Though he is passionate about 4-H, LC gives back to his community and industry in many other ways as well. As president for eight years of the Oakland County Farm Bureau, Scramlin developed Project Rural Education, which later became a statewide program that allows third grade students to experience agriculture. In 1980, he was named to the Michigan Farm Bureau (MFB) Young Farmer Committee, where he served as chairman and later as a member of the MFB Board of Directors. He is proud to be a 50-year-member of MFB and continues to serve on the Policy Development, Promotion/Education and AgriPac committees. He is also a certified lay leader speaker (28 years) for the United Methodist Church in Holly and an active member of the local rotary club.
In his addition to his community work, LC and his wife Jackie operate Scramlin Southdown Sheep Farm, which provides 4-H lambs and conducts sheep shearing demonstrations for local 4-H’ers. He has been president (2 years) of the American Southdown Association USA and on the National Board of Directors for 15 years. He also serves on the board for the All American Junior Sheep Show, which is the largest sheep show in the U.S. He is a recipient of the Michigan Distinguished Service Award from the Michigan sheep industry and has been inducted into the Hall of Fame for the Michigan Association of Fairs. Presently, he serves as chair of the Michigan State University Extension Committee on 4-H Fairs as a member of the Michigan Association of Fairs and Expositions Board of Directors.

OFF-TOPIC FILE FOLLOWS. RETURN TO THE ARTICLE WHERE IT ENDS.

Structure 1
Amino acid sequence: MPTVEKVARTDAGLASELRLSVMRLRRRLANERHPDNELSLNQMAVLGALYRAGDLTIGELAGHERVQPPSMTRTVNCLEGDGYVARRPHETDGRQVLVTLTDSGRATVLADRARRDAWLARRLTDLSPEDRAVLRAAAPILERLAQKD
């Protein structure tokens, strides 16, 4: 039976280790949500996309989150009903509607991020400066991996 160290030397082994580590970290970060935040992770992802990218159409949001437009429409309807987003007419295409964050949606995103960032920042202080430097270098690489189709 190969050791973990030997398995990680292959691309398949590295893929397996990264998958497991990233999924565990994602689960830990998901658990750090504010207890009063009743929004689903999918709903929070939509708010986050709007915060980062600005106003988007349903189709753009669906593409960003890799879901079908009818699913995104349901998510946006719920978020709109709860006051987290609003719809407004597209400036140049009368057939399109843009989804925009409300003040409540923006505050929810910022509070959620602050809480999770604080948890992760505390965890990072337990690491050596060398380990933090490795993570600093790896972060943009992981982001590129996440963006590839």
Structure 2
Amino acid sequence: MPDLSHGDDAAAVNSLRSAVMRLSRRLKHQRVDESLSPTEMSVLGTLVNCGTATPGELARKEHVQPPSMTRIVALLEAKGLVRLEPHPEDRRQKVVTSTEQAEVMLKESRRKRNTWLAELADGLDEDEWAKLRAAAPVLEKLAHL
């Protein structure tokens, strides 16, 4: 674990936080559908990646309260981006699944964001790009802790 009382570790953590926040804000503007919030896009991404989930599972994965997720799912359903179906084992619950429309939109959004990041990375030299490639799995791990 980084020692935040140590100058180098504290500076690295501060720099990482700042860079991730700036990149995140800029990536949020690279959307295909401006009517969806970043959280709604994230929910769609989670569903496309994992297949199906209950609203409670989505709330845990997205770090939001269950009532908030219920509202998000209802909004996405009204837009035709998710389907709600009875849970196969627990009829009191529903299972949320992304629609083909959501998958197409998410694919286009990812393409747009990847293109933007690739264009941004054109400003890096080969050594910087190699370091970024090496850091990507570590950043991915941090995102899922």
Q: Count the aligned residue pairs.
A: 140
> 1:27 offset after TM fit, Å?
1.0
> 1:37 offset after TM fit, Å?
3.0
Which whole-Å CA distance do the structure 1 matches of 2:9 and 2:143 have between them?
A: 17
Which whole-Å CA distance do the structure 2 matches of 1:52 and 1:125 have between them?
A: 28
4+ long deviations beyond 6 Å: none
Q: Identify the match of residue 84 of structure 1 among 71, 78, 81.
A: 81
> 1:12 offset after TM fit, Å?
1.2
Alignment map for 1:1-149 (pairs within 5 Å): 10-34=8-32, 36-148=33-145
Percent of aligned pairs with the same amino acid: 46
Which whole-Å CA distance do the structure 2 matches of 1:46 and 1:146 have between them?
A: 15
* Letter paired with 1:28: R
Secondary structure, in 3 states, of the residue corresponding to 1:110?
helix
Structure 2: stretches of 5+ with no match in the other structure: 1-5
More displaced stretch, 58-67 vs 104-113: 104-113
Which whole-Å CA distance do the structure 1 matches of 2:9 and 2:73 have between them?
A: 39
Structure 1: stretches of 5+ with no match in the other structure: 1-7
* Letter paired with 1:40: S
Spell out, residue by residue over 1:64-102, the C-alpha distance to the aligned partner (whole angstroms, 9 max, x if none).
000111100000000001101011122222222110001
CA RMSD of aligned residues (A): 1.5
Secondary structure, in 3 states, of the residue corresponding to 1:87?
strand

Scramlin believes and practices the 4-H “learn by doing” model as exemplified by his continued leadership and devotion to promoting and expanding opportunities for 4-H members, and all youth, to grow exponentially. His management skills, creative thinking, and strong leadership qualities have provided unique avenues to make all of this possible. He has a “hands-on” approach to management, a love of agriculture, and a “no frills” style of leadership that is unsurpassed. LC and Jackie have three children who are 4-H alumni and have successful agriculture careers. When recalling his early involvement in 4-H fairs, he often remarks, “we were not just raising livestock, we were raising a family. After all, 4-H and fairs are a family affair!”
By David Fleet